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Water Clock

Water Clock.png Al Fresco Tail-plaitingThumbnailsOpen-air refreshment stallAl Fresco Tail-plaitingThumbnailsOpen-air refreshment stallAl Fresco Tail-plaitingThumbnailsOpen-air refreshment stall

The day after we had had our grand Chinese dinner we went into the city, and the first object we visited was the Clepsydra (or water clock), which is placed in a chamber erected on the tower called Kung-Pak-Lau. We saw four tubs containing water, which are placed on an inclined plane and connected by open spouts. The tube vary in size, the largest one being at the top. The water trickles from the one tub into the other. A copper dial resembling a carpenter's rule, with Chinese characters engraved on it marking its divisions, rests on a wooden float in the lowest tub. As this dial rises it shows the length of time expired. A man remains in the building night and day, for the purpose of giving the hour to the citizens of Canton. This he does during the day, by placing boards outside the clock tower, which are painted white, and bear large black Chinese characters marking the hour. A gong and drum are kept in the tower, by which the watchman makes known the various watches or hours of the night. A small shrine is placed immediately above the steps leading to the water clock, in honour of Pwan-Ku, who is described in Chinese mythology as having been the first man. As clothes were supposed to be unknown when he flourished, he is represented as wearing an apron or girdle of green leaves. He appears to be regarded as the tutelary god of the water clock.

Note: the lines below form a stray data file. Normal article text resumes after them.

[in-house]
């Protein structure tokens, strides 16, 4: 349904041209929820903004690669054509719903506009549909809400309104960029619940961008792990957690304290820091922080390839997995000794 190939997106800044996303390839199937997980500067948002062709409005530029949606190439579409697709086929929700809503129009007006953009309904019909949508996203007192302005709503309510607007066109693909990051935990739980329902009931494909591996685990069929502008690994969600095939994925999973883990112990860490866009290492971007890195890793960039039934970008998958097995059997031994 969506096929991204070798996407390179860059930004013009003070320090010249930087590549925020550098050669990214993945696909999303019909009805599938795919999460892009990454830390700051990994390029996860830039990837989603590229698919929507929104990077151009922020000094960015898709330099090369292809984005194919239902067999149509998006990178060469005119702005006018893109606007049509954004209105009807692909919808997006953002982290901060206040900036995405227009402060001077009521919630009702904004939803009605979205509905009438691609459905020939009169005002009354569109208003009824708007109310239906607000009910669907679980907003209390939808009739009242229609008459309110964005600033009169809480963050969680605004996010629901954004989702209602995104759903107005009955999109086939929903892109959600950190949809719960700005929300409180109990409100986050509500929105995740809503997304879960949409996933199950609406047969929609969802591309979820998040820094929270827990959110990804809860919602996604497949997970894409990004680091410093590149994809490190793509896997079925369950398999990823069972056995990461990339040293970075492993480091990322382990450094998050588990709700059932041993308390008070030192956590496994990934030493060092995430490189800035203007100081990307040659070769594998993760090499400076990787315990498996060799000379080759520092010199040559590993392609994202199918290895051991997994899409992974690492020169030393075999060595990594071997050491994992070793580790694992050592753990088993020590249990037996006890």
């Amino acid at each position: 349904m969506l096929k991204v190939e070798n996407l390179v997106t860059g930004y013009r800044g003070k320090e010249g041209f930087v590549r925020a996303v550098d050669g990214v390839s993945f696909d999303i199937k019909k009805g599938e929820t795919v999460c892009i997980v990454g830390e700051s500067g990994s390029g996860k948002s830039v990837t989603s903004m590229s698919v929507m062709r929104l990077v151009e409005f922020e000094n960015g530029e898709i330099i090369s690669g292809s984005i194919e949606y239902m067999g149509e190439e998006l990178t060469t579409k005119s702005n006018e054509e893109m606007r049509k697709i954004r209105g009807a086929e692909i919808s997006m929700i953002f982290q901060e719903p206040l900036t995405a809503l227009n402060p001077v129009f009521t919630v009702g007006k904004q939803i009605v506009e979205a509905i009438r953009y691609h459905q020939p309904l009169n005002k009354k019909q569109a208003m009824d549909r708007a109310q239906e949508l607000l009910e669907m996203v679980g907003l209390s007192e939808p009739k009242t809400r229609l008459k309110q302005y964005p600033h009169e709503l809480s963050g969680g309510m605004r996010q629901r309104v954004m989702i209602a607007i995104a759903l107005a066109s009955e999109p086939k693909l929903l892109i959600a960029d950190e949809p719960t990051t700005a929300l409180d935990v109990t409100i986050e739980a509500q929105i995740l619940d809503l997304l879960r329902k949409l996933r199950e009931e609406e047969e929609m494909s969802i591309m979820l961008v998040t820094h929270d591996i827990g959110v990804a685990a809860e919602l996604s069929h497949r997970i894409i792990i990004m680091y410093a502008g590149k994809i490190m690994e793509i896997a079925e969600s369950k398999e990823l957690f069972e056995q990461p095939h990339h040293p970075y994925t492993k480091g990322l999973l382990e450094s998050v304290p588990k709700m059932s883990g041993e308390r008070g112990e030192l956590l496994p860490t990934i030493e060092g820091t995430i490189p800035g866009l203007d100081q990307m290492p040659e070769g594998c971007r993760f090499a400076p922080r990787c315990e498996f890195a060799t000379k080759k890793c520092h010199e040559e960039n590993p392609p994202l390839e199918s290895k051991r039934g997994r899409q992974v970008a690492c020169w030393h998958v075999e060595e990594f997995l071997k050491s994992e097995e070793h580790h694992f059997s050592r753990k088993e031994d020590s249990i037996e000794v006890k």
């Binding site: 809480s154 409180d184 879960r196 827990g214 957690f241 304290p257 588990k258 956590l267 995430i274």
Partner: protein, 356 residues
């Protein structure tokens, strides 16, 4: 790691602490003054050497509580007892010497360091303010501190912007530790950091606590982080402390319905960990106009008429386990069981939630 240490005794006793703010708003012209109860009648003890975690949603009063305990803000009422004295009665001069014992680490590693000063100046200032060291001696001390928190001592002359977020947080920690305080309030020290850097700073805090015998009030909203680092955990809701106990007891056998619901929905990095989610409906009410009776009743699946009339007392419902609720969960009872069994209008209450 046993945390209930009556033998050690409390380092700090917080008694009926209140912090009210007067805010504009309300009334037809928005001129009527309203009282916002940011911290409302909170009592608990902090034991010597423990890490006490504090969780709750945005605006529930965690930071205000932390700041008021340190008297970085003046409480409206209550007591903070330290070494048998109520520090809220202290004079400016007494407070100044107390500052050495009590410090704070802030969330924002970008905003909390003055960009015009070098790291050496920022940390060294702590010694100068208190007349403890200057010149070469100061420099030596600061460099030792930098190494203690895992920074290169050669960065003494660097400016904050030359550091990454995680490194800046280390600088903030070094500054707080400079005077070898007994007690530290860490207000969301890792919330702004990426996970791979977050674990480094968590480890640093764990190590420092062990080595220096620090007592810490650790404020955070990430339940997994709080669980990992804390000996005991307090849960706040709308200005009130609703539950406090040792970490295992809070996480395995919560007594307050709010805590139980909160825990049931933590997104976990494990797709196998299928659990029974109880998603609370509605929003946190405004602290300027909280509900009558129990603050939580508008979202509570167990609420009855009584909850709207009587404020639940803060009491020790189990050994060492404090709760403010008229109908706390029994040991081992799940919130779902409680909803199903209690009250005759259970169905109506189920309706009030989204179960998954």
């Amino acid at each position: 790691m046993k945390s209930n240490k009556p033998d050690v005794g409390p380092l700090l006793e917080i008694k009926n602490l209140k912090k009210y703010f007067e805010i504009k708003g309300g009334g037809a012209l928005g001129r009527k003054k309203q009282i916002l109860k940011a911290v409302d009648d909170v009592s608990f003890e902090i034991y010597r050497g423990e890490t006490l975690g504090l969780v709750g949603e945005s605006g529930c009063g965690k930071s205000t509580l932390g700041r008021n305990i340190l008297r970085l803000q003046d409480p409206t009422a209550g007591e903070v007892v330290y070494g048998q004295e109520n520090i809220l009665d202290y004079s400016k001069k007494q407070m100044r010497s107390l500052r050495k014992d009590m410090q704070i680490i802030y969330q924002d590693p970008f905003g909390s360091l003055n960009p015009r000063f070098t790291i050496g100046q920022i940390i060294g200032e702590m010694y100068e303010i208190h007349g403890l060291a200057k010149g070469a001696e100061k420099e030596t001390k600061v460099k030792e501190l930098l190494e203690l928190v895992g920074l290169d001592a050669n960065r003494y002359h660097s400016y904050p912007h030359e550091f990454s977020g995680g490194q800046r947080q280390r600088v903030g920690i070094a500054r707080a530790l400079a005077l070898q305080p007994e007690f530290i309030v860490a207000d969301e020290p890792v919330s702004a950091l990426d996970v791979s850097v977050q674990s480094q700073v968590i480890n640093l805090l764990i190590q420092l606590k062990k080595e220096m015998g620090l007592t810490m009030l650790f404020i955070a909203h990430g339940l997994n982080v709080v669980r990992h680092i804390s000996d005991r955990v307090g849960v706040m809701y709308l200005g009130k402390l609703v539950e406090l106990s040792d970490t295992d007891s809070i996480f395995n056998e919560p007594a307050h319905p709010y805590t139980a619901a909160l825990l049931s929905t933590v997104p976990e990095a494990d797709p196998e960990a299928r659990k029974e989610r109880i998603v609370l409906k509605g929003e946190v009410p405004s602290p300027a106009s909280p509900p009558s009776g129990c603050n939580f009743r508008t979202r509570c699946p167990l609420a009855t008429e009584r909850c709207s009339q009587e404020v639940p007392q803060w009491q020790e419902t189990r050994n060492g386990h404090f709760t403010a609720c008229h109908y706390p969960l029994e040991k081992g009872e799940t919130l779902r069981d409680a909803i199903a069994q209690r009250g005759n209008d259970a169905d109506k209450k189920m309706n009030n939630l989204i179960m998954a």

Fourteen Months in Canton by Mrs. Gray Published 1880 Available from books.google.com